I will deal with these amendments together since they reflect the basic recurrent theme of land acquisition by the company. I agree that Coillte Teoranta, given the scale of proposed activities, must have the power to acquire land. I agree with the sentiments of the Deputies on that score. The power will be provided for in the memorandum and articles of association of the company. It is not customary in the case of the establishment of a new State-sponsored body to provide for the detailed activities of that body in its relevant legislation. Such legislation, as section 12 sets out here, normally sets out the general thrust and objective of the new body and detailed functions are specified in its memorandum and articles of association. These powers will include the purchase, or taking on lease or otherwise acquiring any land or right over land required in connection with the company objectives, together with the power to plant, manage and supervise.
I understand the concern of Deputies who put down these amendments. If we were establishing a State corporation instead of a company it would be absolutely essential to make provision in the legislation and to stipulate accurately the functions and obligations. The company system, however, has much wider freedoms and the normal practice is to make provision for these matters in the memorandum and articles of association. That will be done and I have clearly indicated the area it will cover.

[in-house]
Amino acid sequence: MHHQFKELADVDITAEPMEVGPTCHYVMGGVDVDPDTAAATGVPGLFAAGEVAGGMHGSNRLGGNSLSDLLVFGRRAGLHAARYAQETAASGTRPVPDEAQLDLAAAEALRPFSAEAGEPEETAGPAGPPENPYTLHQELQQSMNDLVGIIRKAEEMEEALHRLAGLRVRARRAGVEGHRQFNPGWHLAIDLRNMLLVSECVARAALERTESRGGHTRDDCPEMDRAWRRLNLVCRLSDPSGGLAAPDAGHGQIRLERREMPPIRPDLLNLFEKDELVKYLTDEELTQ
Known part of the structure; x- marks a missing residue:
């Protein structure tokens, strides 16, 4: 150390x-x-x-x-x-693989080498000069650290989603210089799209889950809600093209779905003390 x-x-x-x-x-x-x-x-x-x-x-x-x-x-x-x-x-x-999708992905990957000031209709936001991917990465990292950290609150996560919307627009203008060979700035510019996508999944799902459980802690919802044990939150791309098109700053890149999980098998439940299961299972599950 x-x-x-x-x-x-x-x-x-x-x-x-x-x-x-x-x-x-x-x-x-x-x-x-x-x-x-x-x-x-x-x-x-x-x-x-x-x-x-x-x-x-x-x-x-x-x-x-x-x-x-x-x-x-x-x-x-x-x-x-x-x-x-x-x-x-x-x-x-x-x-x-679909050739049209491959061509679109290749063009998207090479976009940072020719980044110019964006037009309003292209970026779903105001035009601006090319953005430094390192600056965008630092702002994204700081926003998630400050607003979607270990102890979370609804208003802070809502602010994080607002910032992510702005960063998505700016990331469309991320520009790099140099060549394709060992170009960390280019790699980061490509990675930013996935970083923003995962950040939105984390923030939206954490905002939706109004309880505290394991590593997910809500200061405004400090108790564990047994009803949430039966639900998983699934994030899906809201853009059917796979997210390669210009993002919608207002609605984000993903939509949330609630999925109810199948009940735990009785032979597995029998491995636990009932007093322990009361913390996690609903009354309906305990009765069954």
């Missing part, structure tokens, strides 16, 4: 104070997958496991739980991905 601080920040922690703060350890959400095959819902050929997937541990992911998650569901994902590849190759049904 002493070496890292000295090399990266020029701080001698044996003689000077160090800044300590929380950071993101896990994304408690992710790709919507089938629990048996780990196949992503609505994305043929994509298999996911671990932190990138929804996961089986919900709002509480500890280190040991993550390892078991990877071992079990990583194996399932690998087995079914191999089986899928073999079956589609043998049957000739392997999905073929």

I was absolutely astounded at the remark made by Deputy Sherlock that the rate of planting had declined in recent times. It is no harm to put on the record of the House that last year we had a record national planting, between State and private, and this year it will be very close to 14,000 hectares, which is 4,000 hectares above any previous record achieved in this country. It is obvious from the funding figure in the Bill and from the historical pattern of forestry involvement in Ireland that public planting will have an important role to play in implementing the major forestry programme which this country needs. The need to maintain an even age forestry estate and of guaranteeing supply is also obvious.
These factors will be taken into account by the Government in deciding, as an ongoing evolutionary process, the best way to achieve national forestry planting targets. All in all, Deputies can be satisfied that the powers which they seek to put into this legislation are incorporated in the memorandum and articles of association. That is the normal practice. All of the areas which they have referred to are adequately catered for by those provisions.
Another point raised by Deputy Kavanagh was that he wanted Coillte Teoranta to have the powers of compulsory land acquisition. That presents a difficulty. Because of the unfair advantage which the power to compulsorily acquire land would confer on the company vis-à-vis other private forestry companies, I am proposing to retain those powers at ministerial level for use at the discretion of the Minister.